US 2547535 A
Description (OCR text may contain errors)
April 3, 1951 Filed March 25, 1946 E. H. PIERCE ET AL VISUAL INSTRUCTION DEVICE ELLE-:3-
6 Sheets-Sheet 1 INVENTORS 530/ 7 HO W55 p/z-zecs ATTOP/V'KS April 3, 1951 E. H. PIERCE ETAL 2,547,535
VISUAL INSTRUCTION DEVICE Filed March 25, 1946 6 Sheets-Sheet 5 April 3, 1951 E. H. PIERCE EI'AL 2,547,535
VISUAL INSTRUCTION DEVICE Filed March 25, 1946 6 Sheets-Sheet 4 151:3:8 A RE INVENTORS EDITH you/s5 P/EECE fauw/v M. SCHA/VTZ E. H. PIERCE ET AL VISUAL INSTRUCTION DEVICE 6 Sheets-Sheet 5 INVENTORS A fi'of/vf Y6 April 3, 1951 Filed March 25, 1946 Patented Apr. 3, 1951 UNITED STATES PATENT OFFICE VISUAL INSTRUCTION DEVICE Application March 25, 1946, Serial No. 656,884
This invention relates to musical instruction devices and particularly to devices of this character for teaching students the fundamentals of music including the use of musical symbols and notations and the art of playing the piano.
This invention relates to improvements in musical instruction devices of the character illus trated and described in certain United States patents to one of the inventors herein, namely, Nos. 1,324,274; 1,324,275; 1,324,276 and 1,324,277, all dated December 9, 1919, and to improvements in the instruction device illustrated in United States patent to Glen 0. Pierce, No. 1,889,418, dated November 29, 1932.
An important object of this invention is to provide an improved apparatus for instructing a class-room of students in the fundamentals of music which readily exhibits to the entire class all the important musical notations and symbols, the sequence of operating the playing elements of the particular musical instrument being taught, and the proper use of the hands in controlling the instrument. Another important object of the invention is to provide a musical instruction device incorporating display means constructed and arranged in a novel manner for expeditiously instructing students in musical education and provided with novel lighting means under the control of the instructor for graphically illuminating any one or more of a plurality of playing elements and musical symbols.
More particularly, an important object of this invention is to provide a novel device for teaching students the art of playing the piano and thereby instructing them in the basic elements of musical composition. This device includes novel means for displaying to a classroom of students various musical characters and representations. Accomplishing this means are novel panel sections arranged in upright position and exhibiting representations of a piano keyboard, the right and left hands, and various musical notations and symbols. Certain of these panel sections carry the representations permanently on their front faces in full view of the class, While other sections are blanked out but by the provision of novel light projecting means various musical characters may be flashed into view. Thus by the combination of permanently displayed musical representations with others which are concealed from view until illuminated under control of the instructor a highly efficacious medium is provided for instructing students in music.
In carrying out the invention it is preferred that an elongated panel board of light permeable material be provided having substantially the length of a conventional piano and adapted to be placed in upright position on top of the piano. Arrangedin a novel manner on the front face of the instructing board is a representation of a piano keyboard and on either side thereof representations of the right and left hands. The right hand is on the right side of the keyboard representation; the left hand on the left side of the keyboard representation. Preferably, these representations are permanently displayed and are in full view at all times by the class. L ocated behind the panel board is lighting means normally in non-use but when operated adapted to illuminate one or more of the keys of the keyboard representation and the digits of the hands. Novel control means including the keys of the piano keyboard and a separate control board are operable by the instructor for separately and independently illuminating the elements on the front face of the panel board.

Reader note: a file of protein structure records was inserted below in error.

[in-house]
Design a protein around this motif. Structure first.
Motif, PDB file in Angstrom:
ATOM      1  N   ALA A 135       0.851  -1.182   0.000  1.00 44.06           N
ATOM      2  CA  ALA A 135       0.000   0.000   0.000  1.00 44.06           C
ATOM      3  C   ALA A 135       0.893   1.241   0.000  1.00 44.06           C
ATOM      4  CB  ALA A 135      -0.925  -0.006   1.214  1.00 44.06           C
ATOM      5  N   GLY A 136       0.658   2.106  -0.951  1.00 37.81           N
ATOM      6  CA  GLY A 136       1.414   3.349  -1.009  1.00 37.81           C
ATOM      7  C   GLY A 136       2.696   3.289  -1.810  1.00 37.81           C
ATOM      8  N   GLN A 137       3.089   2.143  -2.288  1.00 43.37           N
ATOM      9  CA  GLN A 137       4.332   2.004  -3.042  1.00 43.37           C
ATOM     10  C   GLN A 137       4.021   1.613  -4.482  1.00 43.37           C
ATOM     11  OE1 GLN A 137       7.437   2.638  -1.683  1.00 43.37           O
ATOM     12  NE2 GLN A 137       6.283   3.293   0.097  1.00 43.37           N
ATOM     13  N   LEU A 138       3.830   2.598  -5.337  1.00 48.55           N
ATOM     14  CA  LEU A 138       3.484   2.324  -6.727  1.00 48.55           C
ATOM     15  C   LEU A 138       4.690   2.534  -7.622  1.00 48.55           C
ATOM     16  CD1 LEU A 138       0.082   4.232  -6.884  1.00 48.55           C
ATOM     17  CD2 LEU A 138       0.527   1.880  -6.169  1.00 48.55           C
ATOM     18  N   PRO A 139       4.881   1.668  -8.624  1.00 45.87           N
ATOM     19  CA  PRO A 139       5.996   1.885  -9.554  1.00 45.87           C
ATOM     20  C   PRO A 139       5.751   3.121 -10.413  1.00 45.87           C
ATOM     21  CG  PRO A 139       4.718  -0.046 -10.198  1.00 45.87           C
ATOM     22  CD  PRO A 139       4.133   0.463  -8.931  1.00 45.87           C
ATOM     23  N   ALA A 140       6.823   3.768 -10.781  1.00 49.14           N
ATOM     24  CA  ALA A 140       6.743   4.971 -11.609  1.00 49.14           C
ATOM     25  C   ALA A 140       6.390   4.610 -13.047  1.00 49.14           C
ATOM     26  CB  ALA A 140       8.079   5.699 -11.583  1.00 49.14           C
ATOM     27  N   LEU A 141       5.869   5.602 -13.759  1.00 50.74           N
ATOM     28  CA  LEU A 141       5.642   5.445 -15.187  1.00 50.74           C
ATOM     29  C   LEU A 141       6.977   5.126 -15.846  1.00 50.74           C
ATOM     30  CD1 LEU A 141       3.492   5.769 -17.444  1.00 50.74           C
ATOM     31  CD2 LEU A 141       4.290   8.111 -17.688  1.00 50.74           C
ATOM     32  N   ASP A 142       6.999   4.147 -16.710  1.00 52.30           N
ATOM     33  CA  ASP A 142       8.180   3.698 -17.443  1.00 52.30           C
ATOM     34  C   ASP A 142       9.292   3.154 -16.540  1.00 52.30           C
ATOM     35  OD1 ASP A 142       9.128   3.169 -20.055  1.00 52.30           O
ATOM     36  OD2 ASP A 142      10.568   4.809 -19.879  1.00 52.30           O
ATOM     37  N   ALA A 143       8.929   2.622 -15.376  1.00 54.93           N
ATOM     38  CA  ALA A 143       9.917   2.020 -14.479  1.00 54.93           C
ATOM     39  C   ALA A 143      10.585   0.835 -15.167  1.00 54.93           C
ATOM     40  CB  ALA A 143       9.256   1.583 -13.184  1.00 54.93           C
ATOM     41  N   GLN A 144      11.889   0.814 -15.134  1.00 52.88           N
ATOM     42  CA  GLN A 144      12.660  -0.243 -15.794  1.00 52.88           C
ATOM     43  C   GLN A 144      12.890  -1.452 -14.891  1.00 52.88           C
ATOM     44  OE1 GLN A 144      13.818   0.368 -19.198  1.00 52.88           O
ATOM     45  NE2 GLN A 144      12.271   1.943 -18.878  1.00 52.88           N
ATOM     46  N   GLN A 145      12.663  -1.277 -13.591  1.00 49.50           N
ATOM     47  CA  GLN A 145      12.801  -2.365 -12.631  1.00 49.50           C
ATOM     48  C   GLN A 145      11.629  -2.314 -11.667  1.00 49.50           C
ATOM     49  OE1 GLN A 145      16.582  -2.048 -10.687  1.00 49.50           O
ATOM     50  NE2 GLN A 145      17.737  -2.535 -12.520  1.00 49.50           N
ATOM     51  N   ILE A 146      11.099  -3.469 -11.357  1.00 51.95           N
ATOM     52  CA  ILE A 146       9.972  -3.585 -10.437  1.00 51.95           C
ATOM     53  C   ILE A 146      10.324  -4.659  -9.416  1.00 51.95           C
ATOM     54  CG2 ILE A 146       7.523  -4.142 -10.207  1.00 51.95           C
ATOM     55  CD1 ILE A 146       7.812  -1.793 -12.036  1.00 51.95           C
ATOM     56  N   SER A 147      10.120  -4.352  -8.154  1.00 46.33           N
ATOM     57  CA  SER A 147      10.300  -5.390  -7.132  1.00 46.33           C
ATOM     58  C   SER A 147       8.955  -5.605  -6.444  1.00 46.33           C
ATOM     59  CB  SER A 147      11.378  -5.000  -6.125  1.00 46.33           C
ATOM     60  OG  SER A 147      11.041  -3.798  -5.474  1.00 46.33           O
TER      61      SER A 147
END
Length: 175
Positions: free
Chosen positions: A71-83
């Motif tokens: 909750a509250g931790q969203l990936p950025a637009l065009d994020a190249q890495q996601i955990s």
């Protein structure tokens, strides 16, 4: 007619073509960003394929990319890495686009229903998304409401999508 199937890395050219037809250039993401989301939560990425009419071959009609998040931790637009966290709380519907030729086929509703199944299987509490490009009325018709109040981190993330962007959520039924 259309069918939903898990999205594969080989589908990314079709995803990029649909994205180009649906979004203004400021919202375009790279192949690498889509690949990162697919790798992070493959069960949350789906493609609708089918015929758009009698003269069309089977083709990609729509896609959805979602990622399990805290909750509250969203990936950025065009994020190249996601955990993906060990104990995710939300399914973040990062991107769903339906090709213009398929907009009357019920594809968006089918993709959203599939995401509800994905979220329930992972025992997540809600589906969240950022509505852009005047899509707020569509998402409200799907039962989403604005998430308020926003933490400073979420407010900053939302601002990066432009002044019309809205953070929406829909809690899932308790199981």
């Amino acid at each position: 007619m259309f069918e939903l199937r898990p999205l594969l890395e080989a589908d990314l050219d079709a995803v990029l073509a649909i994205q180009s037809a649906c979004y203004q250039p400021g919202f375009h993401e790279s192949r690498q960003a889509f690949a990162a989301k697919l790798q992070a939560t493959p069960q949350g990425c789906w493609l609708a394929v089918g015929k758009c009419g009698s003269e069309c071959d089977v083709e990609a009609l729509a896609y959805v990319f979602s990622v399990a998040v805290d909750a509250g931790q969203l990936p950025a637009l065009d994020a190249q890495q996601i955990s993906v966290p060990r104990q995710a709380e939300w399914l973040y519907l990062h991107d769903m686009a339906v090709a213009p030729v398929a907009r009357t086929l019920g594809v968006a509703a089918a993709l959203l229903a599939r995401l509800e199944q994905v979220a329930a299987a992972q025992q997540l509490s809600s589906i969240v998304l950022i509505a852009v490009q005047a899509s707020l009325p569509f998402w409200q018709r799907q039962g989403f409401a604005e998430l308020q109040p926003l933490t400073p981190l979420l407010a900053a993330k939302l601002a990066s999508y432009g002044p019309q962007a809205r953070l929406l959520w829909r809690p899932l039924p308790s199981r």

Associated with the panel board previously described is a second panel board of light permeable material arranged in a novel manner to show on one portion of its front face one or more clefs superimposed on lines of one or more staffs. The balance of the front face of the second panel board is left blank. An important feature of the invention is the provision on the rear face of the board of a sheet having stenciled therein various musical notations and symbols. Novel lighting means similar to that employed for the first panel board is capable upon operation to projectionally illuminate on the front face of the second panel board any one of the notations and symbols stenciled in the sheet. Thus, the students are not confused by a display of many musical characters, but under control of the instructor one or more of these characters may be separately flashed on the blank area of the panel board and the students are not disconcerted by the presence of any other characters. A meritorious feature is the arrangement whereby musical notes may be individually flashed on and between staff lines displayed on the front face of the panel. v
Various other objects, advantages and meritorious features of the invention will become more fully apparent from the following specification, appended claims and accompanying drawings wherein:
Figure 1 is a view in elevation of a piano and the instructing device of this invention operatively associated therewith,
,positioncapable of being seen by the class.
Figure 2 is a plane View of the instructors control board,
Figure 3 is a cross sectional view along line 33 of Figure 2,
Figure 4 is an end view of the control board of Figure 2 taken along line l-4 of Figure 2,
Figure 5 is a plane view of "electrical contact mechanism mounted in the piano in operable relation to the keyboard thereof,
Figure 6 is a cross sectional view of the contact mechanism along line 65 of Figure 5,
Figure '7 is an interior view of a part of the instruction device showing the arrangement'of the parts to provide individual illumination of the keyboard and the hand representations carried thereon,